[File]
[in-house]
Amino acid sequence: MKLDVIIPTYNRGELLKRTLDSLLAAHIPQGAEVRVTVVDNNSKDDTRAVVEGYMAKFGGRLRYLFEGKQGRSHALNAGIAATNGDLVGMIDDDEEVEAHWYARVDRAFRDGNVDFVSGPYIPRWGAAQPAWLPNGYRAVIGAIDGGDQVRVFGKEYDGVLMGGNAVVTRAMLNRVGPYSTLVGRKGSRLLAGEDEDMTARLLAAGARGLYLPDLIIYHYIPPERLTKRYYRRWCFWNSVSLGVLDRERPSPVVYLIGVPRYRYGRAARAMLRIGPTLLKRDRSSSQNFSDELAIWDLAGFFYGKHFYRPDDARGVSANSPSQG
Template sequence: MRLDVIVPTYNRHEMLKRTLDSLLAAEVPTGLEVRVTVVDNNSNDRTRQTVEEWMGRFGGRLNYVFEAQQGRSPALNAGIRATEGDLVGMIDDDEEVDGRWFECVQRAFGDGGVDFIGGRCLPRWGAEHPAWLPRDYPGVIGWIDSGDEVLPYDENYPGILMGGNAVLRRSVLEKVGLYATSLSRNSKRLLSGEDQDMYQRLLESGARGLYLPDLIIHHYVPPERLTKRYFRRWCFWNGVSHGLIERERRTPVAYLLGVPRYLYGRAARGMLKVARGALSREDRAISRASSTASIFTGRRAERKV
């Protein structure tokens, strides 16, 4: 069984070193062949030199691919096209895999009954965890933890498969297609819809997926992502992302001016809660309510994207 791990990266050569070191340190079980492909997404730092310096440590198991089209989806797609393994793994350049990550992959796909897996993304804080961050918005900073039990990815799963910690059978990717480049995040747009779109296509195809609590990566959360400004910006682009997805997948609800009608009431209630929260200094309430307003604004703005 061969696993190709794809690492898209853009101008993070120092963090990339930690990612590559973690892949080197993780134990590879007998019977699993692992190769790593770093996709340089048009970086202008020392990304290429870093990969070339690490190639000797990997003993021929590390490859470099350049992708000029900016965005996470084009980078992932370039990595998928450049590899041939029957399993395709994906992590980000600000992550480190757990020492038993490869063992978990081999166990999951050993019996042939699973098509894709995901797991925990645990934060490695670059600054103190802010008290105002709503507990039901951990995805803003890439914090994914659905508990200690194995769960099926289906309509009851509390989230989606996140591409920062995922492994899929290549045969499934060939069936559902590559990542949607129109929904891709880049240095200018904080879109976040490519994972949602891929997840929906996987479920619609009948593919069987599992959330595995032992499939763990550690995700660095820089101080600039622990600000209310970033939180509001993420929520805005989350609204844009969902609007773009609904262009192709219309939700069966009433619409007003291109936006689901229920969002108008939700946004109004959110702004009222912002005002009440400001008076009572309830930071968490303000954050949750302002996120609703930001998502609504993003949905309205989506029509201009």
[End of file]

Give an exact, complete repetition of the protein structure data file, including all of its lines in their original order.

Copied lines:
[in-house]
Amino acid sequence: MKLDVIIPTYNRGELLKRTLDSLLAAHIPQGAEVRVTVVDNNSKDDTRAVVEGYMAKFGGRLRYLFEGKQGRSHALNAGIAATNGDLVGMIDDDEEVEAHWYARVDRAFRDGNVDFVSGPYIPRWGAAQPAWLPNGYRAVIGAIDGGDQVRVFGKEYDGVLMGGNAVVTRAMLNRVGPYSTLVGRKGSRLLAGEDEDMTARLLAAGARGLYLPDLIIYHYIPPERLTKRYYRRWCFWNSVSLGVLDRERPSPVVYLIGVPRYRYGRAARAMLRIGPTLLKRDRSSSQNFSDELAIWDLAGFFYGKHFYRPDDARGVSANSPSQG
Template sequence: MRLDVIVPTYNRHEMLKRTLDSLLAAEVPTGLEVRVTVVDNNSNDRTRQTVEEWMGRFGGRLNYVFEAQQGRSPALNAGIRATEGDLVGMIDDDEEVDGRWFECVQRAFGDGGVDFIGGRCLPRWGAEHPAWLPRDYPGVIGWIDSGDEVLPYDENYPGILMGGNAVLRRSVLEKVGLYATSLSRNSKRLLSGEDQDMYQRLLESGARGLYLPDLIIHHYVPPERLTKRYFRRWCFWNGVSHGLIERERRTPVAYLLGVPRYLYGRAARGMLKVARGALSREDRAISRASSTASIFTGRRAERKV
């Protein structure tokens, strides 16, 4: 069984070193062949030199691919096209895999009954965890933890498969297609819809997926992502992302001016809660309510994207 791990990266050569070191340190079980492909997404730092310096440590198991089209989806797609393994793994350049990550992959796909897996993304804080961050918005900073039990990815799963910690059978990717480049995040747009779109296509195809609590990566959360400004910006682009997805997948609800009608009431209630929260200094309430307003604004703005 061969696993190709794809690492898209853009101008993070120092963090990339930690990612590559973690892949080197993780134990590879007998019977699993692992190769790593770093996709340089048009970086202008020392990304290429870093990969070339690490190639000797990997003993021929590390490859470099350049992708000029900016965005996470084009980078992932370039990595998928450049590899041939029957399993395709994906992590980000600000992550480190757990020492038993490869063992978990081999166990999951050993019996042939699973098509894709995901797991925990645990934060490695670059600054103190802010008290105002709503507990039901951990995805803003890439914090994914659905508990200690194995769960099926289906309509009851509390989230989606996140591409920062995922492994899929290549045969499934060939069936559902590559990542949607129109929904891709880049240095200018904080879109976040490519994972949602891929997840929906996987479920619609009948593919069987599992959330595995032992499939763990550690995700660095820089101080600039622990600000209310970033939180509001993420929520805005989350609204844009969902609007773009609904262009192709219309939700069966009433619409007003291109936006689901229920969002108008939700946004109004959110702004009222912002005002009440400001008076009572309830930071968490303000954050949750302002996120609703930001998502609504993003949905309205989506029509201009």